Nevertheless, the increase in gamma power associated with NMDAR antagonists is likely associated with reduced GABA release onto pyramidal neurons, as a number of studies have demonstrated elevated pyramidal cell activity following NMDAR blockade (Belforte et al., 2010; Jackson et al., 2004; Santana et al., 2011). In accordance with this theory, administration of the GABAA agonist muscimol reversed the baseline gamma power elevation (Ma and Leung, 2000) and loss of GAD67, PV expression (Behrens et al., 2007) induced by NMDAR antagonists in rodents. Computational models have suggested that an extended inhibitory postsynaptic current (IPCS) decay time constant could account for the observed decreased 40 Hz evoked gamma activity (Vierling-Claassen et al., 2008). The authors suggested that the alternations in the GABA transporter GAT1 and GAD67 in fast-spiking interneurons which synapse onto the axon initial segment of pyramidal cells observed in patients with Sz (Lewis et al., 2005) may account for extended IPSC decay times and thus decreased 40 Hz evoked activity in patients.
Two recent studies have directly investigated the effect of reduced NMDAR signaling in PV+ interneurons by cell-type selective knockdown of NR1, the obligatory NMDAR subunit. Early postnatal NR1 deletion from cortico-limbic interneurons caused a loss of PV and GAD67 immunoreactivity coupled with behavioral deficits analogous to the treatment resistant symptoms of schizophrenia, including impaired social interactions, decreased reward seeking behavior (i.e., anhedonia), and reduced working memory (Belforte et al., 2010). Although gamma activity was not assessed, the authors reported elevated baseline firing rates in cortical pyramidal neurons as well as decreased cross-correlation with nearby neurons. In a second study, selective deletion of NR1 from PV+ interneurons significantly increased hippocampal gamma power while disrupting cross-frequency synchrony and caused deficits in spatial and working memory (Korotkova et al., 2010). These findings further strengthen the association between NMDAR signaling, fast-spiking neurons, neuronal synchrony, and cognitive function.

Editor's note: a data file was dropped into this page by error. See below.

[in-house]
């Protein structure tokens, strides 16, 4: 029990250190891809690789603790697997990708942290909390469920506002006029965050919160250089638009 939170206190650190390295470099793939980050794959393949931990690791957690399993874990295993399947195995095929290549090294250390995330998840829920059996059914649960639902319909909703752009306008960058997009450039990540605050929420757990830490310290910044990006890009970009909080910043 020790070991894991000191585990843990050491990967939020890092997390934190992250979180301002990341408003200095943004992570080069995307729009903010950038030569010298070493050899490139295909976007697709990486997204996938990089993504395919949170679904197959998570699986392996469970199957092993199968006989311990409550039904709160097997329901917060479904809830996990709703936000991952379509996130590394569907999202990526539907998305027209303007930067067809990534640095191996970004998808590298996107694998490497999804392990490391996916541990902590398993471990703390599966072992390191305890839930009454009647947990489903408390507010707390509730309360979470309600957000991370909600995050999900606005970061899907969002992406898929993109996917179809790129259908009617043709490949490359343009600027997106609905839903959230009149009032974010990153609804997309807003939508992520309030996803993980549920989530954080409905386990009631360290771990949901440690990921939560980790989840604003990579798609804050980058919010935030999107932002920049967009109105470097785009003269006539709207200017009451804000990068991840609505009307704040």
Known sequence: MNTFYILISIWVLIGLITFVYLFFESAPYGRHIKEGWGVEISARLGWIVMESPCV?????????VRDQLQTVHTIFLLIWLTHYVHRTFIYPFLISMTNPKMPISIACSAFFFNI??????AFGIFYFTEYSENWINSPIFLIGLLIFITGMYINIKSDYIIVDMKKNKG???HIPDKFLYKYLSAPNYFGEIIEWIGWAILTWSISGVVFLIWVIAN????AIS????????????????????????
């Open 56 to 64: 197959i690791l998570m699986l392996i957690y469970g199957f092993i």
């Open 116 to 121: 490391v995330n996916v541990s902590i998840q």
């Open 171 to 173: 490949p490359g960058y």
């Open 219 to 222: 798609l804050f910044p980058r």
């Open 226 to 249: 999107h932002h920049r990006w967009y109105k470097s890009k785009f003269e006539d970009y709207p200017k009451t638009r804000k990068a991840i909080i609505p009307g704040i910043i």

Disturbances in other neurotransmitter systems have been linked schizophrenia, including acetylcholine (ACh), serotonin, and cannabinoids. While beyond the scope of this review, schizophrenia-like gamma abnormalities have been demonstrated following blockade of muscarinic ACh receptors (Rodriguez et al., 2004) and blockade of α7-nicotinic ACh receptors (Song et al., 2005), which localize heavily on hippocampal GABAergic interneurons (Ji and Dani, 2000). In rats, gamma activity is modulated by cannabinoid agonists (Hajos et al., 2008) and serotonin, likely through 5-HT1A and 5-HT2A receptors (Puig et al., 2010; Wojtowicz et al., 2009).